The polar bear is more than just a beautiful animal. It’s one of the largest carnivores in the world, is at the top of the food chain, and is so crucial to the eco system that scientists are concerned by its dying out because of climate change. Today is International Polar Bear Day, a time to consider their beauty and importance. Below are some fun facts about these animals. For more information, go to https://www.greenpeace.org/usa/the-polar-bear-more-than-a-poster-child/.
- 40kph: The polar bear’s top speed
- 42 razor sharp teeth: With jagged back teeth and canines larger than grizzly teeth, they pack quite the bite
- 30 cm wide paws: The size of a dinner plate! A natural snowshoe that helps the bear trek across treacherous ice and deep snow
- 3 eyelids: The third helps protect the bear’s eyes from the elements
- 4 inches of fat: Under the bear’s skin to keep it warm
- Black skin
- Transparent fur
- Blue tongue
One hundred five — yes, 105 — children are back with their families, some years after being separated at the border. This has happened just within this last month, due to making those kids a priority and refusing to accept the previous belief that the families simply couldn’t be found. A new month is about to start. How many of the other 500+ children can we return to their families this coming month if the effort is sustained?
Whether you like him or not, voted for him or not, Joe Biden’s words in today’s Thursday Thought quote are ones we need to take to heart if our country is to survive and grow.
I plan to drink lots of champagne to improve my health and memory. Scientific studies tell me I should. One indicated that the fizzy stuff is good for my heart. Now studies are showing it can be good for my spatial memory and maybe even keep dementia and Alzheimer’s away. Testing has been done on (happy) rats, whose performance increased with the amount of champagne they were given. Their performance increased even more after being on the bubbly for six weeks.
Yes, the test-subjects were just rats. Researchers are thinking about humans, though. For example, they’ve figured out that a human would have to drink the stuff regularly for three years in order to reap the full benefits. There’s still much to be learned. All I know is that I’m submitting my name to volunteer for the human trials. I figure, if it works on humans I get to celebrate; if it doesn’t work, I’ve already celebrated.
(See details at The Telegraph article entitled “Three glasses of fizz a day could ‘improve your memory.’”
For Christians, this is the season of Lent, when we are called to reflect. But it’s hard, because the pandemic and politics are getting to us. Restrictions, isolation, and worry; fiery rhetoric, violent protests, and shattered hopes. We’re carrying our emotions into our interactions with others. Our patience is thin with our loved ones, and friends are turning against friends. In short, we are not acting as though other members of our human family are worthy of respect, not protecting the lives and well-being of others. Let’s reverse that. Instead of telling our son what he failed to do, thank him for what he did do. Rather than criticizing a friend for her beliefs, find something to agree on. Stop posting name-calling and dehumanizing accusations on social media. If you hear or read a horrible rumor about someone (even a politician or group), don’t pass it on. This Lent (and from now on), fast from tearing down our brothers and sisters and feast on building them up.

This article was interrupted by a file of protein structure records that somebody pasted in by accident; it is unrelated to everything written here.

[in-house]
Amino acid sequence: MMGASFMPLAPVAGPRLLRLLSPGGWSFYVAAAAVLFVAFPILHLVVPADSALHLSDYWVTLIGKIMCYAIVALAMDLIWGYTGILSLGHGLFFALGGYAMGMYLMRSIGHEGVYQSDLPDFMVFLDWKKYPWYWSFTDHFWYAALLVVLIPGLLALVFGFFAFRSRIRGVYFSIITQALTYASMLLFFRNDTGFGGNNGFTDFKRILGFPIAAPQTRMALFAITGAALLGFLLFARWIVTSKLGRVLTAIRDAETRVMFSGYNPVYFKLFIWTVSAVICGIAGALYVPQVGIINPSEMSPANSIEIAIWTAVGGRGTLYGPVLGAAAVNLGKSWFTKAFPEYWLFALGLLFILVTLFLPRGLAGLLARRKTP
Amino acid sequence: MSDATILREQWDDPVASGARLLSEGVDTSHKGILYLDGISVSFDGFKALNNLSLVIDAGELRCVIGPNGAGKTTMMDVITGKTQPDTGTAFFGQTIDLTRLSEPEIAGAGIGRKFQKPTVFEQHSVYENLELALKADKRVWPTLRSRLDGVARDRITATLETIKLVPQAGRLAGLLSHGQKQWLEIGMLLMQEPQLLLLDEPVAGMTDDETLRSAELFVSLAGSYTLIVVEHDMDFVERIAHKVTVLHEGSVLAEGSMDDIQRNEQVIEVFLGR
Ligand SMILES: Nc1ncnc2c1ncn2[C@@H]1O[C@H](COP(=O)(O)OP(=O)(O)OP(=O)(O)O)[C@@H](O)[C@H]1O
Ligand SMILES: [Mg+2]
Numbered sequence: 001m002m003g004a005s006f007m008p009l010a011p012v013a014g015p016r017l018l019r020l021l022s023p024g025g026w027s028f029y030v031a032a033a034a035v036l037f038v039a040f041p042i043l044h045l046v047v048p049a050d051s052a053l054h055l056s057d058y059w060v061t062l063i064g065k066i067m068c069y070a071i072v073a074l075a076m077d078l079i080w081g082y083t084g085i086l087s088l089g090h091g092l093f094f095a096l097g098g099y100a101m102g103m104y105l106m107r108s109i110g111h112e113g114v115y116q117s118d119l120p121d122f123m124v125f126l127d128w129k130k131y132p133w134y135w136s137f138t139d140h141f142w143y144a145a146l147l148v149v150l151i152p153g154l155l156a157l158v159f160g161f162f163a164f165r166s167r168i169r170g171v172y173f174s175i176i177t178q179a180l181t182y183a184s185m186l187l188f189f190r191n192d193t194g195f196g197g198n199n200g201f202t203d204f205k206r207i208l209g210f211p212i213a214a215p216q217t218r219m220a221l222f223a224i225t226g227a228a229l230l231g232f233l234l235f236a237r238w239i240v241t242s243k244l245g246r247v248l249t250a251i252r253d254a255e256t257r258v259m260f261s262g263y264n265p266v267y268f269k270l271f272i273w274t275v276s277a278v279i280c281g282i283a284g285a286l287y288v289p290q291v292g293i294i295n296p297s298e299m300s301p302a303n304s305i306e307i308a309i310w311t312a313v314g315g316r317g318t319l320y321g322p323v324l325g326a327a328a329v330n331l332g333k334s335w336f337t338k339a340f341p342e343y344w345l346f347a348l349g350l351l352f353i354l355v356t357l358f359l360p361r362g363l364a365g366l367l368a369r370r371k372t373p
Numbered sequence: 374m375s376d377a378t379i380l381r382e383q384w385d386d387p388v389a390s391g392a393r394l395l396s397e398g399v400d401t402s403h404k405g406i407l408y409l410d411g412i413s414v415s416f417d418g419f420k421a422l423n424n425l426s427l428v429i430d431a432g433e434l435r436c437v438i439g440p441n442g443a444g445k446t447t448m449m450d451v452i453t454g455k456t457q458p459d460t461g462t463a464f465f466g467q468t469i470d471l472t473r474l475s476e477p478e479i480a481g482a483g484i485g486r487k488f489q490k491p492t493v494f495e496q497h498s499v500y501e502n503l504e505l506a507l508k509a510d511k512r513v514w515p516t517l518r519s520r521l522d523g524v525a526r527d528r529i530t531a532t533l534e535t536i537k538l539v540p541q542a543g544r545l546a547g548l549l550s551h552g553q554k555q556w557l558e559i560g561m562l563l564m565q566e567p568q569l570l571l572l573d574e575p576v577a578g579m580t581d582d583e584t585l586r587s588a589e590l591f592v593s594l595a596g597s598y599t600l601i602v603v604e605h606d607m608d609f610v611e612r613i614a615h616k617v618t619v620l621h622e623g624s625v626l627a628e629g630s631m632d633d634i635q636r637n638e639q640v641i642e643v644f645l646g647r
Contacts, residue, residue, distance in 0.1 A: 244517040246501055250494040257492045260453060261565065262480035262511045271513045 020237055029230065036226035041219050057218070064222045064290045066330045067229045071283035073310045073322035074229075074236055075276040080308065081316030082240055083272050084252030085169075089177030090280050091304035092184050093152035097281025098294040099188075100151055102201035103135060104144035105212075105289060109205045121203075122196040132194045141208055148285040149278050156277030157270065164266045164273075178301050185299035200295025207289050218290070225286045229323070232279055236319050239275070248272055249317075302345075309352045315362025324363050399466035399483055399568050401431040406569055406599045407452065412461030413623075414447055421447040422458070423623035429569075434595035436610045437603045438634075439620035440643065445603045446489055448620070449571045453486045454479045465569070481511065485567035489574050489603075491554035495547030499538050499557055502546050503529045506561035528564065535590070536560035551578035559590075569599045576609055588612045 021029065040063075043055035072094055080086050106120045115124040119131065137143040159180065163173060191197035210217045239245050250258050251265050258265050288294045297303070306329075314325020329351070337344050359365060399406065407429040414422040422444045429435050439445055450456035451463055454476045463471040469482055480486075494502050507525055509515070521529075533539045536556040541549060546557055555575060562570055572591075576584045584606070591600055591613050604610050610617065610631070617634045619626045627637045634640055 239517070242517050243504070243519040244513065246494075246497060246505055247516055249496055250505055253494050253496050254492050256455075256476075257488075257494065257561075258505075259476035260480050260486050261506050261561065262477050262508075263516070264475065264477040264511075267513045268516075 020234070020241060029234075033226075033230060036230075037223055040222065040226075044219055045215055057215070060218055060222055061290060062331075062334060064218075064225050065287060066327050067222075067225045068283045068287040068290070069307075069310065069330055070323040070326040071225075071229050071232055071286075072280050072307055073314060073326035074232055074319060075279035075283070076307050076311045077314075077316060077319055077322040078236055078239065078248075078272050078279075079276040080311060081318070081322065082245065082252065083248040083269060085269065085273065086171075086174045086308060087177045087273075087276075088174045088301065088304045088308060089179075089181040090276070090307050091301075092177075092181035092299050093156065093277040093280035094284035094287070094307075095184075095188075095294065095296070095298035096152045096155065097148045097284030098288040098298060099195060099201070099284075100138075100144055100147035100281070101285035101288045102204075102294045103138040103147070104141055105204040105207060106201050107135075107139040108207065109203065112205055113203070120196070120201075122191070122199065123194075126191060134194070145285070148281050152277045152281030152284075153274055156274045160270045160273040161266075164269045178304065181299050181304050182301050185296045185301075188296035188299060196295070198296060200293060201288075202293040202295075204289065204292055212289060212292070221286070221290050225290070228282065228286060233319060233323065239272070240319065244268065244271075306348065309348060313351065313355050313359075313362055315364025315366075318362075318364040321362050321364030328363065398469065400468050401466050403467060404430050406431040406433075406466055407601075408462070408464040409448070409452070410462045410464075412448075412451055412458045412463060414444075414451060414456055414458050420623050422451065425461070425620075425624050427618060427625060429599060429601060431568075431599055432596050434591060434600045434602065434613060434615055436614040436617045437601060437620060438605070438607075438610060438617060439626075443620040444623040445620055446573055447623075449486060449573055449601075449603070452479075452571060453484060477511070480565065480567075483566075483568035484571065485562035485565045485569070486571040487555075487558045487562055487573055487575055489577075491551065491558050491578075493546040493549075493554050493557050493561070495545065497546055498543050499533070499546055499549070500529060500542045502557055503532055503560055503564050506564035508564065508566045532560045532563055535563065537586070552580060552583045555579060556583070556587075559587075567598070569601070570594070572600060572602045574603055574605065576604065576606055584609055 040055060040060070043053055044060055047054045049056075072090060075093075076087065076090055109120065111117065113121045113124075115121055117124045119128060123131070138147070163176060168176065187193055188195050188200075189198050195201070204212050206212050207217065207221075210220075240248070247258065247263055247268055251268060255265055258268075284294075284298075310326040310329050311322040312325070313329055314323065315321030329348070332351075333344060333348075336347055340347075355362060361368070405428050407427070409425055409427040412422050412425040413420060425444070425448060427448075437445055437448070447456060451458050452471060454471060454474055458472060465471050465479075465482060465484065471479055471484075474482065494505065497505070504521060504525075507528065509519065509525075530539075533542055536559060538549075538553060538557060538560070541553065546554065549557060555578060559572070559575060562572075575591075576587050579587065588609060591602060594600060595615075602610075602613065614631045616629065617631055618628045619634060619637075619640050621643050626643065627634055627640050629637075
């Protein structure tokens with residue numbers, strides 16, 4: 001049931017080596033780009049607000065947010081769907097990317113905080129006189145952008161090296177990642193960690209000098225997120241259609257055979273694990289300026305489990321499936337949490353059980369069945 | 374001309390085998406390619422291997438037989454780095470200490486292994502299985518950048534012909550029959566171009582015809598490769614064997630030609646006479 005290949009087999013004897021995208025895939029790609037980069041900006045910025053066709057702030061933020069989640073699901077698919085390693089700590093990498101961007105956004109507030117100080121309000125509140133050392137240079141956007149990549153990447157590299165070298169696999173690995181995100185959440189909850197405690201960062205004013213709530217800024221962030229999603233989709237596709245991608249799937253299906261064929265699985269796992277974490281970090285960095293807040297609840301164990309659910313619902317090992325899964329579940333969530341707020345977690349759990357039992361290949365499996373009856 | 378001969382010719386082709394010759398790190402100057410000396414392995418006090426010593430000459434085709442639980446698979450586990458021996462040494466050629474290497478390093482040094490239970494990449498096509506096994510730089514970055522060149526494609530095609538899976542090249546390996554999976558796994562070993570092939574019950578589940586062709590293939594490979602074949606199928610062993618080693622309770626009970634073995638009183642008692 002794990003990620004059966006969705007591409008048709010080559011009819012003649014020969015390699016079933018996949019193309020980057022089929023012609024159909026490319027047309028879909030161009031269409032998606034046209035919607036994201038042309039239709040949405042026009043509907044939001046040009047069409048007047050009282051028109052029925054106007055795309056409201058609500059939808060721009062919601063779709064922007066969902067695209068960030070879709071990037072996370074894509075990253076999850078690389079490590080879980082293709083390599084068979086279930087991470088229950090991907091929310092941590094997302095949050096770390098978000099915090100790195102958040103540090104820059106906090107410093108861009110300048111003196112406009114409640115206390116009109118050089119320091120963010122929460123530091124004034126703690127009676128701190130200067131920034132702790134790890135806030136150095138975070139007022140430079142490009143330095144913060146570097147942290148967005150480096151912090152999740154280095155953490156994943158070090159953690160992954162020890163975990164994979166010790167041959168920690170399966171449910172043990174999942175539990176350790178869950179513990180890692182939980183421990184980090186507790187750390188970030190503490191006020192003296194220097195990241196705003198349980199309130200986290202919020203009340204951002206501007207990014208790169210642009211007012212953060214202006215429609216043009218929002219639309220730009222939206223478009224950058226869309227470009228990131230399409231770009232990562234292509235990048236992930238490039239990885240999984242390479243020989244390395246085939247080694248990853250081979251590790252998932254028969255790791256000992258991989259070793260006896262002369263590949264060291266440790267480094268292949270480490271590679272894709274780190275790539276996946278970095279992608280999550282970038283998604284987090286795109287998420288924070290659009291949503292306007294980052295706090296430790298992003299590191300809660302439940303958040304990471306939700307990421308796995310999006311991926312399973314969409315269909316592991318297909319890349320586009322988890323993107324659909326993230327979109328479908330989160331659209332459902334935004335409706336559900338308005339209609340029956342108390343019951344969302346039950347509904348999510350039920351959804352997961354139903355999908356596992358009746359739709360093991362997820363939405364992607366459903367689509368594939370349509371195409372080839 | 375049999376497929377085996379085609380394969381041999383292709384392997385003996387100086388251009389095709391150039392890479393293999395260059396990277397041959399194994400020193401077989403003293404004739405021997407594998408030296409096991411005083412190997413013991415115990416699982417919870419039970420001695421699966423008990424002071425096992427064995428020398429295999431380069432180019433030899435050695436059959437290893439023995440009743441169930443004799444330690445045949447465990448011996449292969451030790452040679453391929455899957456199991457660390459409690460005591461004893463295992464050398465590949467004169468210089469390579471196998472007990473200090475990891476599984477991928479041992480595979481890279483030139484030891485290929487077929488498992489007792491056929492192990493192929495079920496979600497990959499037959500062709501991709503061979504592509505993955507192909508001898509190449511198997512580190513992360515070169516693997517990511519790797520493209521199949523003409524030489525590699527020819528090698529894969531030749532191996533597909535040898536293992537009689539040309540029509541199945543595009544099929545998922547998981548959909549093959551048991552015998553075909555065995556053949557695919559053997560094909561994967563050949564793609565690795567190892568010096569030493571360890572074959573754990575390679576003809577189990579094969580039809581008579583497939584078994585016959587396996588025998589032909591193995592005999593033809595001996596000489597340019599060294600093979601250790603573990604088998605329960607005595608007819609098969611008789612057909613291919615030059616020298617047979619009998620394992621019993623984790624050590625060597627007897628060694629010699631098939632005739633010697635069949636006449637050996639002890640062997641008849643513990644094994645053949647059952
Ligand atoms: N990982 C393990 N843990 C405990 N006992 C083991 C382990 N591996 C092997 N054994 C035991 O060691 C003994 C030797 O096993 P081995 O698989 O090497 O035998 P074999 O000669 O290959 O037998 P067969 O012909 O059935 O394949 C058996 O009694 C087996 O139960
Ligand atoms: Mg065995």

Today’s Thursday Thought quote talks about our separate journeys and meeting on the path they cross. Worth considering.
He holds a sign saying “Hungry.” She comes to work with a bruise—again. His limited English hinders his search for work. Her tears won’t stop as she thinks about her husband, dying of cancer. Help is out there, but people need to know how to get to it. You can provide the roadmap. Carry a list of hotline numbers. The list should start with “2-1-1,” offering referrals in various languages for food, shelter, senior services, addictions, counseling, and other needs. It should then list several 800-numbers that offer help for child or elder abuse, addictions, suicide/depression, runaway youth, domestic violence, and families facing grave illness.
Give a list to people in crisis, not pointing to any specific number except 2-1-1, and let them choose either to make the call or to just keep the list to empower them when they’re ready to get help. If the moment is right, offer your cell phone and some privacy for the call. It may take just your simple, unobtrusive act to save a life.
I’ll be happy to send you a Hotline list–contact me at firstname.lastname@example.org.
It’s easy (and common) to believe that people are homeless because they want to be or don’t want to work or are irresponsible or want/think they deserve a handout, etc. Here’s the real story:
There’s no such thing as “Presidents’ Day,” at least officially. Yes, in 1971 Congress decided that more long weekends would be good for us and so created the Uniform Monday Holiday Act. What it DID do is combine Washington’s and Lincoln’s birthdays into a day for all Presidents, a holiday that would always be on a Monday, despite when those two guys were born.
What it did NOT do is officially name the day, which means that “Presidents’ Day” does not, technically, have a real name.
There’s your bit of trivia for the day. Named or not named, enjoy the day!
Be a “Citizen Naturalist.” Help gather data on plants and animals so that researchers can determine how to make a healthier planet. All you do is listen, observe, count, and report. For details, go to https://www.earthshare.org/citizennaturalist/.
[For more easy, money-saving, Earth-friendly tips, download a FREE copy of Green Riches: Help the Earth & Your Budget. Go to www.Smashwords.com/books/view/7000 or your favorite e-book seller and download to your computer or e-book device. Totally free, with no strings attached.]